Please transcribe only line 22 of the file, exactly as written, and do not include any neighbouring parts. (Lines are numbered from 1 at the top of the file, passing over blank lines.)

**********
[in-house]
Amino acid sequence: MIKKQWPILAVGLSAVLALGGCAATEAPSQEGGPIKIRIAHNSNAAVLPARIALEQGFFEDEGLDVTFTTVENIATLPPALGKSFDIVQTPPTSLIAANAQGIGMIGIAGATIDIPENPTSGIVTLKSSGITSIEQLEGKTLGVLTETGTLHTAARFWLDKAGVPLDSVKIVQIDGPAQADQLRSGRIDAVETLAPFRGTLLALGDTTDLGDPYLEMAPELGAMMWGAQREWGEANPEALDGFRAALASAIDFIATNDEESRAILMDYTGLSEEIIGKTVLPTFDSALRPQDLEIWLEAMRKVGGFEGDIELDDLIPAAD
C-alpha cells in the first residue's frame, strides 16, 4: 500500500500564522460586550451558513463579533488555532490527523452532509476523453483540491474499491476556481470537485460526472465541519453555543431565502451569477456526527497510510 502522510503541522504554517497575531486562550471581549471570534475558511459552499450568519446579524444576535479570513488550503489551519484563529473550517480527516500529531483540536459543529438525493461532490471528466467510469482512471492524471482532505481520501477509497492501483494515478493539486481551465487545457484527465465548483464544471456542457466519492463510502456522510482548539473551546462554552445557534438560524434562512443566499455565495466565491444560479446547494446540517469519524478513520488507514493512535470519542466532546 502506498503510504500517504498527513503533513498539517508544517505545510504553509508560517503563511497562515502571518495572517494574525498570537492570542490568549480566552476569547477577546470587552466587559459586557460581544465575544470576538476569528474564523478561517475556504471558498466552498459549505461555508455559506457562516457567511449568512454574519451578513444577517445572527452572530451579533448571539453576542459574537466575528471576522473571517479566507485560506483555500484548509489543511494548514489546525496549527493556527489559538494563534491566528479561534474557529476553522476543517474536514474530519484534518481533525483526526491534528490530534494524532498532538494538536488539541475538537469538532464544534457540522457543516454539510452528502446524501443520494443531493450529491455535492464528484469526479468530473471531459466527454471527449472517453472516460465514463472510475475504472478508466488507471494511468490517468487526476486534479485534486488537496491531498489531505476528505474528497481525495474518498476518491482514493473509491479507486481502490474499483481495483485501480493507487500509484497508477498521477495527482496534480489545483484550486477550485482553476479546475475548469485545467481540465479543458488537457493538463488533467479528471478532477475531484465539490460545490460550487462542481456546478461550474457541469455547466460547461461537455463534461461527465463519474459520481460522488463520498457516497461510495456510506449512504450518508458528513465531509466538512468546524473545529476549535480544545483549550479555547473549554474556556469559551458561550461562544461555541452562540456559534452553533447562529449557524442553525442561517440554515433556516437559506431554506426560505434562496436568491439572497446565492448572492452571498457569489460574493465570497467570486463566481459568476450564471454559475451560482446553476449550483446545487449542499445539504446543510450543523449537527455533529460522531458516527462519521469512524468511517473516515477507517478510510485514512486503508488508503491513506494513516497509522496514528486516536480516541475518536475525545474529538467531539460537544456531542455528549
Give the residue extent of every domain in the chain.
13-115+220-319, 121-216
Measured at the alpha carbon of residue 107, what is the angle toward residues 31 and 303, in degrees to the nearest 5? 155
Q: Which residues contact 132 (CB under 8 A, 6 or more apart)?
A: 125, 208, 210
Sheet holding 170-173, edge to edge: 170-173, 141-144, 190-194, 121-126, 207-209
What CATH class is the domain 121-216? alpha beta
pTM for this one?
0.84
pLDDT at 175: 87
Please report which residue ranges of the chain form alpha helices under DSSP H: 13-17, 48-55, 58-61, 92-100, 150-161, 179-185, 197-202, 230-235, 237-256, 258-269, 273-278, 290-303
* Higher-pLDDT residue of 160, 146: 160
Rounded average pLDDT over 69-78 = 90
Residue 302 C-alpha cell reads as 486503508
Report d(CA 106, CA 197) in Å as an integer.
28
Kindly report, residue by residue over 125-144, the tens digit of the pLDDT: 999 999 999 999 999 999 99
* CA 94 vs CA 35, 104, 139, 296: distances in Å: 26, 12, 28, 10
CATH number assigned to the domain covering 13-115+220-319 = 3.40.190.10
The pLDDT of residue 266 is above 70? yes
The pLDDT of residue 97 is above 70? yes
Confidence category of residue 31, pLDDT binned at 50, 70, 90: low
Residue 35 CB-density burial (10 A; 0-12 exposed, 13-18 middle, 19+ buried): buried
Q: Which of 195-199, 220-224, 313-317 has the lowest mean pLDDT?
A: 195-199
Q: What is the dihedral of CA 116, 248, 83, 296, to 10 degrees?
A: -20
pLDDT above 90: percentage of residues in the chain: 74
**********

CATH number assigned to the domain covering 13-115+220-319 = 3.40.190.10